June 17th, 2019

Comets capture provincials


By Woodard, Dale on June 10, 2019.

Dale Woodard

Lethbridge Herald

sports@lethbridgeherald.com

The hat trick didn’t come easy for the Raymond Comets.

But they got it.

The girls rugby team defeated Calgary Notre Dame 22-17 in the gold medal game of the Alberta Schools Athletic Association finals to capture their third straight Tier I title Saturday afternoon at Sherring Field.

Suddenly, all those days running and working out on normal days off paid off.

“It’s indescribable,” said Comets co-captain Sabrina Steffensen.

“We work so hard. I don’t think we’ve ever ran so much in the season and no days off. We had one goal and we just did it, we made it.”

That elbow grease approach paid off in Saturday’s gold medal game as the Comets ran for a try to start the second half, padding their lead and managing to hold off Notre Dame, who added one second half try.

“We worked hard all season,” said Comets co-captain Abby Jensen. “We didn’t just do it at the end. We work hard every day. Sometimes we have practices on Saturday, but that felt so good. Words can’t even describe how good that felt.”

In Saturday’s gold medal game, Notre Dame made sure the Comets earned their win.

“I’d say this is one of the hardest games I’ve ever played,” said Jensen. “Notre Dame is a great team and a credit to them for giving us a great game.”

The Comets weren’t the only South Zone team to come away with a medal as this year’s Winston Churchill-hosted provincial championship wrapped up Saturday.

In the all-South Zone girls Tier III final Saturday morning the Vulcan County Central Hawks defeated the Taber W.R. Myers Rebels 24-19 to win the 2019 banner.

In Tier II boys play, Fort Macleod F.P. Walshe Southern United was defeated 24-19 by Calgary Bowness, while the Winston Churchill Bulldogs lost 34-19 to Calgary Robert Thirsk in the bronze medal game.

Fort Macleod also took home the silver medal in the Tier II girls division as the Flyers were topped 24-17 by Edmonton Sturgeon Comp.

The Winston Churchill Griffins fell short of the bronze medal, losing 27-5 to Calgary Foothills Composite.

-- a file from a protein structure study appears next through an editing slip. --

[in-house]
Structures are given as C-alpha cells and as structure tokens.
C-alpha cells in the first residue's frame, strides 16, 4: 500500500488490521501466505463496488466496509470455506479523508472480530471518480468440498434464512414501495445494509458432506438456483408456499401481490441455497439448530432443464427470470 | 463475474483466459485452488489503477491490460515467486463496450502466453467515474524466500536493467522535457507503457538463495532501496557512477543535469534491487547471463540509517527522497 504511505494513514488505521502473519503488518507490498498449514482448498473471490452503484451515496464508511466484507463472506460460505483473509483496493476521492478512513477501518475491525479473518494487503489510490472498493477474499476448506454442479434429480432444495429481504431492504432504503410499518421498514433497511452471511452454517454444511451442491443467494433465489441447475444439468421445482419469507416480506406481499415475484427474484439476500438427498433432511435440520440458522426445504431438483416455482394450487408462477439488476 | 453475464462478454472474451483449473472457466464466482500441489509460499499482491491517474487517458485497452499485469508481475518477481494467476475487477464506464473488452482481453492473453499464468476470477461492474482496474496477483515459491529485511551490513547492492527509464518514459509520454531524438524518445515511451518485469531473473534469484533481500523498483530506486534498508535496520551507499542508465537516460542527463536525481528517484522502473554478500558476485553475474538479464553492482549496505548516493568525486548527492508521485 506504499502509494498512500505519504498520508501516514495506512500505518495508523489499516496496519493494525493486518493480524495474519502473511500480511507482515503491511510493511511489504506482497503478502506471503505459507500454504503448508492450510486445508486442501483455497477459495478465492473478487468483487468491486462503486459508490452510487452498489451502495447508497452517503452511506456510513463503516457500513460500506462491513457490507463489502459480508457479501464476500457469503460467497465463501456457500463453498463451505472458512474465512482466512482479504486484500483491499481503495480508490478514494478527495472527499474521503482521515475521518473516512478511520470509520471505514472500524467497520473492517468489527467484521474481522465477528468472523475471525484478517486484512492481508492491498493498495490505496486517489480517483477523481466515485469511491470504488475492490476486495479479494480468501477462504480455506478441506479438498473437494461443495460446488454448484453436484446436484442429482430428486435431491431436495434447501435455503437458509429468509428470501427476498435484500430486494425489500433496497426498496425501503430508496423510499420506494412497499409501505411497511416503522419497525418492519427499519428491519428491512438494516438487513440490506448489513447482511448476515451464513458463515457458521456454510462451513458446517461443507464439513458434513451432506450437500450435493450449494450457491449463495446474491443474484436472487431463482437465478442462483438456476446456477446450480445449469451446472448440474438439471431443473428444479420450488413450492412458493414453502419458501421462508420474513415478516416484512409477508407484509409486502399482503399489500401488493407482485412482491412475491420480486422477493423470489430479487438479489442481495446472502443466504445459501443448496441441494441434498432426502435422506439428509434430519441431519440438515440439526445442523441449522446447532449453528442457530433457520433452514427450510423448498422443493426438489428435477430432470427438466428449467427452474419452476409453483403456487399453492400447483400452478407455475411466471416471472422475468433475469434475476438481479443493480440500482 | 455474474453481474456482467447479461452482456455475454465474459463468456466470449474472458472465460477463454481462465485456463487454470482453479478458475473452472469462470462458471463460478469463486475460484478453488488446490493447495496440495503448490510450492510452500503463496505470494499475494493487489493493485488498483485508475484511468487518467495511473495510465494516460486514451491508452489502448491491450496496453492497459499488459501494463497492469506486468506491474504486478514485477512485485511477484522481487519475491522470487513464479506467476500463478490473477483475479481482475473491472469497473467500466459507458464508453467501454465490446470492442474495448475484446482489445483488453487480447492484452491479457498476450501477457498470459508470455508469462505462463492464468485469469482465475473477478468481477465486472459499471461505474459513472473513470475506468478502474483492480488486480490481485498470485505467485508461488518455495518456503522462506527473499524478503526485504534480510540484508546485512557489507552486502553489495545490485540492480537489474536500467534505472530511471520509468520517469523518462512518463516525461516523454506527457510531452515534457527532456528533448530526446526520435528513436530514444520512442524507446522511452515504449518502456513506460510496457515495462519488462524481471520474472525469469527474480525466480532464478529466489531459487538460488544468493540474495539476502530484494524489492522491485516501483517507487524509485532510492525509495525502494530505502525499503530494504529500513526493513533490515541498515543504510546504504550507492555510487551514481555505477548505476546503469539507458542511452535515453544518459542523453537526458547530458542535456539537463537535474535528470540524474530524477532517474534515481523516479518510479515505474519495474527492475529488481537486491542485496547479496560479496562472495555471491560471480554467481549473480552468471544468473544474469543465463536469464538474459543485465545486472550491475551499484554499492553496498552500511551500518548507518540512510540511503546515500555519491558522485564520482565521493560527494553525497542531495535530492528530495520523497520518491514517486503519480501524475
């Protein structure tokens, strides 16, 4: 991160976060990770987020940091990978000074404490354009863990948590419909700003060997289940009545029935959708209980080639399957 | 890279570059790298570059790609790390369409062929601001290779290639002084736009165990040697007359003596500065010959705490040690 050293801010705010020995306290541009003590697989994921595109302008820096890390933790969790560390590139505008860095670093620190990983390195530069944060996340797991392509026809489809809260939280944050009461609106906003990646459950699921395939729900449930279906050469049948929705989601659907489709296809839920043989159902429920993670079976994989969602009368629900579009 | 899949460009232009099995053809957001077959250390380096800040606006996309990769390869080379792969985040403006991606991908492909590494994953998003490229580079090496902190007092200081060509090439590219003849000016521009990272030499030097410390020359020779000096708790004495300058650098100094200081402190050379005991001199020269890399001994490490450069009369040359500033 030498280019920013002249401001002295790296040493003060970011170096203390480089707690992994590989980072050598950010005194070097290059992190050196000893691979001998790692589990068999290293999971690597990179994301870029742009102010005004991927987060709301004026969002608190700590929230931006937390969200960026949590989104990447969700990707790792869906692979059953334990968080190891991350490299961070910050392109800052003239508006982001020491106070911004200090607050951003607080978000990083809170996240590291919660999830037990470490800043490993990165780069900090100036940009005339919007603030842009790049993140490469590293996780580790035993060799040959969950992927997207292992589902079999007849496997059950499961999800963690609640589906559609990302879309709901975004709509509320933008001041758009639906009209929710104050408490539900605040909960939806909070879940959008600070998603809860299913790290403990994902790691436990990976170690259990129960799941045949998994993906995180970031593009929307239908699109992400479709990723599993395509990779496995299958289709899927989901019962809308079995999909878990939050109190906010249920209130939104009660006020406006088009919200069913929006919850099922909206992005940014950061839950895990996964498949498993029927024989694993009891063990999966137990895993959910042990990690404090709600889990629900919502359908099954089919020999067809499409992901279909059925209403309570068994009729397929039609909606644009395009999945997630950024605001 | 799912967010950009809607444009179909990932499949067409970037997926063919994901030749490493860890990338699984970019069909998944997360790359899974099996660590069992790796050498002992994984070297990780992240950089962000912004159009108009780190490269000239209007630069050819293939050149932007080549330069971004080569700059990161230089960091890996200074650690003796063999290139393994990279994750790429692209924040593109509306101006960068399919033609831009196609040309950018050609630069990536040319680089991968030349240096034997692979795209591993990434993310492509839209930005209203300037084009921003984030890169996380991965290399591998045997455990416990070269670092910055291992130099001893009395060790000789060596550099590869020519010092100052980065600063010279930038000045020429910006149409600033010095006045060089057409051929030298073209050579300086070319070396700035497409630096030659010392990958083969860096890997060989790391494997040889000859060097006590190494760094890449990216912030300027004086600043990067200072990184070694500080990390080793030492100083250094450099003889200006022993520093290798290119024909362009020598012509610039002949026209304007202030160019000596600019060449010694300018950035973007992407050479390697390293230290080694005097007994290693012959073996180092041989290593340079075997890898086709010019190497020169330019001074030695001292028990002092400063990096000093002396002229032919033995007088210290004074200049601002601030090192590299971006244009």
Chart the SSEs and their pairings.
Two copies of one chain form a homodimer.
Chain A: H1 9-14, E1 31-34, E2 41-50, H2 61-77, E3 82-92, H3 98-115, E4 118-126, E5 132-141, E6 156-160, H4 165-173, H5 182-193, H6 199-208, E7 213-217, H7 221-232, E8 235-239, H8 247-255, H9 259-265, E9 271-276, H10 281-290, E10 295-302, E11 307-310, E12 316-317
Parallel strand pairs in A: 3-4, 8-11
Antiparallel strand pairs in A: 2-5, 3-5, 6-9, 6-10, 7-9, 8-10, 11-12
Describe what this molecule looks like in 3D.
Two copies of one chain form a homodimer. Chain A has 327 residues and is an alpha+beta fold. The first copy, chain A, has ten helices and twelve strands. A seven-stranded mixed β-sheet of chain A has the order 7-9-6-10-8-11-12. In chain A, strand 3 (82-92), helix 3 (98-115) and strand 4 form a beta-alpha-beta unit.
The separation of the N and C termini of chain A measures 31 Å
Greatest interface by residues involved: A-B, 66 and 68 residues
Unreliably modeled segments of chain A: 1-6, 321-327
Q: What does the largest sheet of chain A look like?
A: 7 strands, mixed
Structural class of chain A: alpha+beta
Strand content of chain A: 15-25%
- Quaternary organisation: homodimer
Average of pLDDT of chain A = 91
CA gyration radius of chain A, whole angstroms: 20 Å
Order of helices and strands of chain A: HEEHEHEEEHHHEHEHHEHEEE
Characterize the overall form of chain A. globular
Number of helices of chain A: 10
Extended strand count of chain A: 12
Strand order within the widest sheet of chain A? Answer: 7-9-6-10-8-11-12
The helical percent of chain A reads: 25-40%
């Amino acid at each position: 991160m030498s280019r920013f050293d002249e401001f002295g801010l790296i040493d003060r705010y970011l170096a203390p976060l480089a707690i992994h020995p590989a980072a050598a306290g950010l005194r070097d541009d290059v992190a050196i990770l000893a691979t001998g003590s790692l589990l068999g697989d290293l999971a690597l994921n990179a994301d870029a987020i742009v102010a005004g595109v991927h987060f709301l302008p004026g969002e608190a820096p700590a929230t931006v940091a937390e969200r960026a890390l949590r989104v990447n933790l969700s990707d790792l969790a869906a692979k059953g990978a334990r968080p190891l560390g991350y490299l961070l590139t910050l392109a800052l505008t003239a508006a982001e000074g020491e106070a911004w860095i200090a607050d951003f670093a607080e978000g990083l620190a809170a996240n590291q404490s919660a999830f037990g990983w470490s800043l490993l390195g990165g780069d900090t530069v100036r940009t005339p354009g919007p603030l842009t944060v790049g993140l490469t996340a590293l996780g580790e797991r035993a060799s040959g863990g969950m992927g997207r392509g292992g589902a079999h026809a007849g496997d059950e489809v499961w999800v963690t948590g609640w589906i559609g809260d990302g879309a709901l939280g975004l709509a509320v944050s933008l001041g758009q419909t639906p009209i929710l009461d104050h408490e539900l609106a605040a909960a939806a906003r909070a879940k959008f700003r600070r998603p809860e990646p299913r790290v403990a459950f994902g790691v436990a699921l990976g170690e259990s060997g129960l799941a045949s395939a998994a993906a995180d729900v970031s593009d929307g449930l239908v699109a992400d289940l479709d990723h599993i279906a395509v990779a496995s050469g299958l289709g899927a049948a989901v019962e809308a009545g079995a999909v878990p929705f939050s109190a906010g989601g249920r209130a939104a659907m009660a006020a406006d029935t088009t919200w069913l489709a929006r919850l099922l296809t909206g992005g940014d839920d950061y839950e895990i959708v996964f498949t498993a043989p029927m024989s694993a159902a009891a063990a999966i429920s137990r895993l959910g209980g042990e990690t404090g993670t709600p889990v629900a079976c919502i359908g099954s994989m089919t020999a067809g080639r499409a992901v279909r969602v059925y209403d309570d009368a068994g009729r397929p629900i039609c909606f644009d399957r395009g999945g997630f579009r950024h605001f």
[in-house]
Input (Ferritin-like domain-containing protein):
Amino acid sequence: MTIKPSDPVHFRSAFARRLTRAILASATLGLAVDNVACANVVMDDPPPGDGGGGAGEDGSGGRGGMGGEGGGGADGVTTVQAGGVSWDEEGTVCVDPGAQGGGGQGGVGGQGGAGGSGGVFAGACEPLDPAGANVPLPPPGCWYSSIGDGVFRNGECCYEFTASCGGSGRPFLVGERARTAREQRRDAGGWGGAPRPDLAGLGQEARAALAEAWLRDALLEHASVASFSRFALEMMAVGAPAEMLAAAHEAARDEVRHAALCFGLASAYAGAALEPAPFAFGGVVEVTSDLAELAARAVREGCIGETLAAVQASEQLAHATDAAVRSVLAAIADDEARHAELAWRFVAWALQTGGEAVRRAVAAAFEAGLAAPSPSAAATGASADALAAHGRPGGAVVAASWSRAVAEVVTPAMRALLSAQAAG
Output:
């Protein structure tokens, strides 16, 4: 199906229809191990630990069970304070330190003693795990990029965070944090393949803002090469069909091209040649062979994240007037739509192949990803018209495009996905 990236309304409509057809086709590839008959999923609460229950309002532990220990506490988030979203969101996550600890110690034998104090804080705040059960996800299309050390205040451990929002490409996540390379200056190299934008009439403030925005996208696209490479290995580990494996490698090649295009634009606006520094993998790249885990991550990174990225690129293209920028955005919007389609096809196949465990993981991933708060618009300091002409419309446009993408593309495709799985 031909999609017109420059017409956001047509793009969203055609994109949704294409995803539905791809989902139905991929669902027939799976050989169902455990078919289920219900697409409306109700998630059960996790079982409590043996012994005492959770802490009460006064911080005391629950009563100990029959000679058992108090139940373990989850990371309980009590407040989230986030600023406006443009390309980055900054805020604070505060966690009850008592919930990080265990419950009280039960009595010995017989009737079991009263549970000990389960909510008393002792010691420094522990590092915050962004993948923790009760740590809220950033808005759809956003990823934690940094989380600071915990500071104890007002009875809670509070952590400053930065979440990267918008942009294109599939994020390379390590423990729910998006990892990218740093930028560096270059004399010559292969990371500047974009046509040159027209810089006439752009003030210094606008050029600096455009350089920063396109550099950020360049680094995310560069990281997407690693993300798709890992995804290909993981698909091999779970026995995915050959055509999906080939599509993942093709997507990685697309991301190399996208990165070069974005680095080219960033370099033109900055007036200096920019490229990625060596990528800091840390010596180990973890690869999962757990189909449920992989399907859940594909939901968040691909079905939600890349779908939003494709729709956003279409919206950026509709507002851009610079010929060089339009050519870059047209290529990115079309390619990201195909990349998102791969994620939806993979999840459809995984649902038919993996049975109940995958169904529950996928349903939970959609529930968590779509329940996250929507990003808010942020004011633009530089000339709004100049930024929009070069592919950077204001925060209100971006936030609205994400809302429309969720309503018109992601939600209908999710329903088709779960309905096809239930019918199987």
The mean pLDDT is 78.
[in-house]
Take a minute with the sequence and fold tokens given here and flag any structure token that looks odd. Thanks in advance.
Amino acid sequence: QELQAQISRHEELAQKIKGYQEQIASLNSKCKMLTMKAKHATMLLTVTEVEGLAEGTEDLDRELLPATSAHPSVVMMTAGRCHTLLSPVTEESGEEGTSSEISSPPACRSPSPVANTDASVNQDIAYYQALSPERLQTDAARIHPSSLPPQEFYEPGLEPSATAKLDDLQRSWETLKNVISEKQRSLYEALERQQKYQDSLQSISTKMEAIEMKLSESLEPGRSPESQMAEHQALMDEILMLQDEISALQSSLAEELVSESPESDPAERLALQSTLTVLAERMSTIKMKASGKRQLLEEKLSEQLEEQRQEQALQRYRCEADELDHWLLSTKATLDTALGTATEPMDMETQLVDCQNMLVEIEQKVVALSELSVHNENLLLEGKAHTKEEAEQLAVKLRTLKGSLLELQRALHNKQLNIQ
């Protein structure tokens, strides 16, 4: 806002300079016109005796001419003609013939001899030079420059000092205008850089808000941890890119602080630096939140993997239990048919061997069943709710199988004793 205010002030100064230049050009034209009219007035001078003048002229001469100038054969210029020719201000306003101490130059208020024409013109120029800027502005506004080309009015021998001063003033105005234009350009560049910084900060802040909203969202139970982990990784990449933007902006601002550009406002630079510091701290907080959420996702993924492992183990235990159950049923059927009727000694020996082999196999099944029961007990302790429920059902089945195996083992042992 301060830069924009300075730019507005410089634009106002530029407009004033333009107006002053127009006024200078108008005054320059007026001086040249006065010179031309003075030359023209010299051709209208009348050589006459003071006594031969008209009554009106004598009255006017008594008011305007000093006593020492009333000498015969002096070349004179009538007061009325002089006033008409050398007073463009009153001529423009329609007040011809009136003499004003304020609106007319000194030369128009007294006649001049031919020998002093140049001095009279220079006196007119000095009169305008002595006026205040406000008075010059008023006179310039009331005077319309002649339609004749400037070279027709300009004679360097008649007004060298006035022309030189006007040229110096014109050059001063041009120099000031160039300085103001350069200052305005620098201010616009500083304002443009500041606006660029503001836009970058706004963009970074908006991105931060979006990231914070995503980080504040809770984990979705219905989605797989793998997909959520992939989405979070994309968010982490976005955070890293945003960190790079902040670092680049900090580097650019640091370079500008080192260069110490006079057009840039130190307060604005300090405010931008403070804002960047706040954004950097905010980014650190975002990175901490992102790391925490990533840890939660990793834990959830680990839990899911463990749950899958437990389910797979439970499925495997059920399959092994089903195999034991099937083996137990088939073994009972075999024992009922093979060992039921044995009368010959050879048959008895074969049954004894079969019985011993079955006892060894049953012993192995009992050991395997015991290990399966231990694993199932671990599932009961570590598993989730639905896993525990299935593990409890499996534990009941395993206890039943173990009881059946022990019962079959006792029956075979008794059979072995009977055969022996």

In Tier I boys play, the consolation final was a local affair as the LCI Rams defeated the Chinook Coyotes 17-7. The Coyotes were a last-minute addition after Medicine Hat High School withdrew due to injuries.

Calgary Henry Wise Wood won the Tier I gold medal thanks to a 17-10 win over Red Deer Lindsay Thurber, while Edmonton Harry Ainlay earned the bronze medal with a 17-5 win over Calgary St. Francis.

In the girls Tier I division, the LCI Clippers lost 49-33 to Holy Trinity in the consolation game.

And in the final games of the day, the Comets emerged as provincial champs for the third straight year.

“It’s always awesome,” said Comets head coach Dan Bikman. “It’s awesome because each team has a different story, the group of kids you bring together. Anybody who saw this game saw that they really did have to do everything in their power to win. Sports are fun because you see the best of people in certain situations and that’s all we got to see. This is a great group of kids and they came together as a team. It was just fun to be a part of.”

In the Tier II boys final, F.P. Walshe fell behind 21-0 at the half before marching back with three tries to set up an entertaining finish before their comeback fell short.

“I thought they deserve the lead that they had because they just took advantage of our mistakes,” said Fort Macleod head coach Craig Patton.

“I think in the second half we showed character. For me, as a coach, I’m proud of that.”

Hanging onto the ball in the second half cued Fort Macleod’s comeback.

“When we didn’t turn the ball over we allowed ourselves the opportunity to play a style of rugby that were used to playing,” said Patton. “In the first half we just didn’t do that, we didn’t execute. A credit to them, they played very well, but as soon as we started to play disciplined the way I knew we could I thought we started to bring it back. There are a couple of things that as coaches that we talked about that we should’ve done earlier, maybe some interventions. But as a coaching staff we allow our leaders to lead and then we’ll talk about it, learn, and grow from it. That’s what we’ll do.”

As the saying goes, you lose silver, but the Patton was nonetheless proud of his team.

“I knew we had a good team from the get go and will grow from this. The core of our team comes back and we’re going to learn from this, grow, and will be that much better next year.”

One of those players to return next year is Chad Meek, a big part of Fort Macleod’s late-game drives

“In the first half we made lots of mistakes and they really took advantage of it,” said the 16-year-old Grade 11 student. “In the second half we definitely fight back. We just held our heads high and pushed to the last minute. Down 21-0 at half and coming back and losing only by five is pretty good.”

This year’s Southern United featured three Grade 12s who hadn’t played rugby until this.

Meek was proud of all his teammates.

“All of them are played really hard this year,” he said. “They’ve really put a lot of effort in and I’m just glad to be a part of this team.”

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